Better Know An Epidemiologist/History of Epidemiology is an ongoing feature where Mr Epidemiology pays tribute to people and studies that have set the stage for his generation of epidemiologists. All of the articles are listed here.
EDIT 10/01/12: I had indicated (incorrectly) that Typhoid Fever was a viral disease. It is in fact due to a bacterium instead. Thanks to Mike the Mad Biologist for pointing that out!
EDIT 10/01/12: As Brett Keller points out in the comments, Gaetan Dugas was not Patient Zero for HIV. While he contributed to the spread of the virus, he wasn’t the first known case of it, and so the label of Patient Zero is unfairly applied to him.
Patient Zero is a common infectious disease epidemiology term. It refers to the first known case of the disease of interest, and is useful when tracking disease outbreaks. Knowing where the disease starts allows us to track not only the spread of the disease, but also how it spreads – through water, air, person-to-person contact etc.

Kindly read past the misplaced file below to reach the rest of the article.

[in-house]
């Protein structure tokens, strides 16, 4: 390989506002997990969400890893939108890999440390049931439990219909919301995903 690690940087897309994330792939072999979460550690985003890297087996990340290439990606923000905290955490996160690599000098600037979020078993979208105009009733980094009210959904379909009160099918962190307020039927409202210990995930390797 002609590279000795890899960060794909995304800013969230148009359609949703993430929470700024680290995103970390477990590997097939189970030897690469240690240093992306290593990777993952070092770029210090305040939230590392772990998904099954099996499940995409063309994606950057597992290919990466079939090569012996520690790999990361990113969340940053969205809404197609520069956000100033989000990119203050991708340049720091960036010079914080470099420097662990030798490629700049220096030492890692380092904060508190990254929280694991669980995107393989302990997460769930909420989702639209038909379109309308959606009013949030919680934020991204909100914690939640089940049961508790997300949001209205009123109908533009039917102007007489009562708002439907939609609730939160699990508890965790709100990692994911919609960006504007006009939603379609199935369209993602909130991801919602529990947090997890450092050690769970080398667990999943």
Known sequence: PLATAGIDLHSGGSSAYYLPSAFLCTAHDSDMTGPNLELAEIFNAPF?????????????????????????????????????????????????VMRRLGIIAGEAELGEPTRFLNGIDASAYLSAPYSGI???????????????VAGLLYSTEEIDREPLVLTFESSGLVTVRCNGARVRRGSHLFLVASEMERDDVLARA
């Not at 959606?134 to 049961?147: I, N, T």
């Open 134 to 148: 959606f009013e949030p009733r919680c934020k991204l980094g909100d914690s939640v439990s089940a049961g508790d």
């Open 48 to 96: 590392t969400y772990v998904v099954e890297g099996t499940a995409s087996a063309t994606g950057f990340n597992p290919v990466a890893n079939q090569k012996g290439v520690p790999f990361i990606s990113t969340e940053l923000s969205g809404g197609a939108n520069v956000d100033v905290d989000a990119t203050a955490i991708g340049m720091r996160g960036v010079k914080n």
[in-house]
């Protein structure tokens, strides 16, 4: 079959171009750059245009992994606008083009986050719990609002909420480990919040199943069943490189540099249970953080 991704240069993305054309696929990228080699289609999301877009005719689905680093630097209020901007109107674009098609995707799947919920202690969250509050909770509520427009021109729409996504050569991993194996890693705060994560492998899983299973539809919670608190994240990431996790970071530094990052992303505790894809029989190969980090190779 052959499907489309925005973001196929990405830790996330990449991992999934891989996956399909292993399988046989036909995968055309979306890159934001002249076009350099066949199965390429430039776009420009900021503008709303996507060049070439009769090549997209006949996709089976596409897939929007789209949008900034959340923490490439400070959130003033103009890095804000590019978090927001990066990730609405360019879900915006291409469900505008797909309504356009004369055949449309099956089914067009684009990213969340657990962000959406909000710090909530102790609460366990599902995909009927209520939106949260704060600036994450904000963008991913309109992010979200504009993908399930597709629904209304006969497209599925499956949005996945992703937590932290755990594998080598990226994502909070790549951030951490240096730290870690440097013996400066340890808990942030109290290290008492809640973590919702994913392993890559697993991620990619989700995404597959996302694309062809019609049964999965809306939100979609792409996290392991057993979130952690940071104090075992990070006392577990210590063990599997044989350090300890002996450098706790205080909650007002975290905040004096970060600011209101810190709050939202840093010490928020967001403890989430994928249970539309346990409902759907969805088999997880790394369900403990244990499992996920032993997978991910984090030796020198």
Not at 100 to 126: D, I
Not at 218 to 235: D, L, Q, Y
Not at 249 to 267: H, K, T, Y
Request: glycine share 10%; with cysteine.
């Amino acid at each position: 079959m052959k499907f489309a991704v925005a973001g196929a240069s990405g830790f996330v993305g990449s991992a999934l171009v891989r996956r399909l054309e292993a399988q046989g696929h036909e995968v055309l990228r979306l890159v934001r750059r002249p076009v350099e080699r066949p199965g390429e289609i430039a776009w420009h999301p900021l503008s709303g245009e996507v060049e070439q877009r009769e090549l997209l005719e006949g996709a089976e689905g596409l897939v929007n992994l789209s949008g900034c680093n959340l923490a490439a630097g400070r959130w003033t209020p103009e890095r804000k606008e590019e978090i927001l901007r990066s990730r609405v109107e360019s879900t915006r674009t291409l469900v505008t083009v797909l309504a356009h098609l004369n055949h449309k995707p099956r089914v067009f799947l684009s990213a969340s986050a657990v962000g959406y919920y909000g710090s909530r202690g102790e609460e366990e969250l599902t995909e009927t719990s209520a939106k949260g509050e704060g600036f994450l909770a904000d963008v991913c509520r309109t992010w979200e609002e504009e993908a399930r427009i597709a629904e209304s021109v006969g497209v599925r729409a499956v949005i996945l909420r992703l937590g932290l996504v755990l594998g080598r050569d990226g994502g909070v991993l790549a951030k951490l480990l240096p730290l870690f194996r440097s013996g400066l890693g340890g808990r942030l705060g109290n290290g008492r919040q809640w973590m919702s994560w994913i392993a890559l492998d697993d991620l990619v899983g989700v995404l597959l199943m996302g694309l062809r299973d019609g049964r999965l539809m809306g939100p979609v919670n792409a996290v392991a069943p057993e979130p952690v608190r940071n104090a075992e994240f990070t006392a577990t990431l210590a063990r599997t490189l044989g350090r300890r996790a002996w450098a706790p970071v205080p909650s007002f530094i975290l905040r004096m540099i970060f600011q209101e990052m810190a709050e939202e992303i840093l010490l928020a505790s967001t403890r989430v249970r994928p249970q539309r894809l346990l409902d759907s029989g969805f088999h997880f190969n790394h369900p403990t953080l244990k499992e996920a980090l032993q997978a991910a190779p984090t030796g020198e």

I heard an absolutely phenomenal podcast through WNYC’s RadioLab podcast about Patient Zero, and that formed the inspiration for this post. I highly recommend listening to it when you have a chance – either through iTunes, on their website. They cover several different “Patient Zero’s,” including Typhoid Mary and Gaetan Dugas (pictured above).
Today, I’ll be talking about Typhoid Mary. To listen exclusively to the Typhoid Mary segment of the RadioLab podcast, click here.
Continue reading “History of Epidemiology: Patient Zero and Typhoid Mary”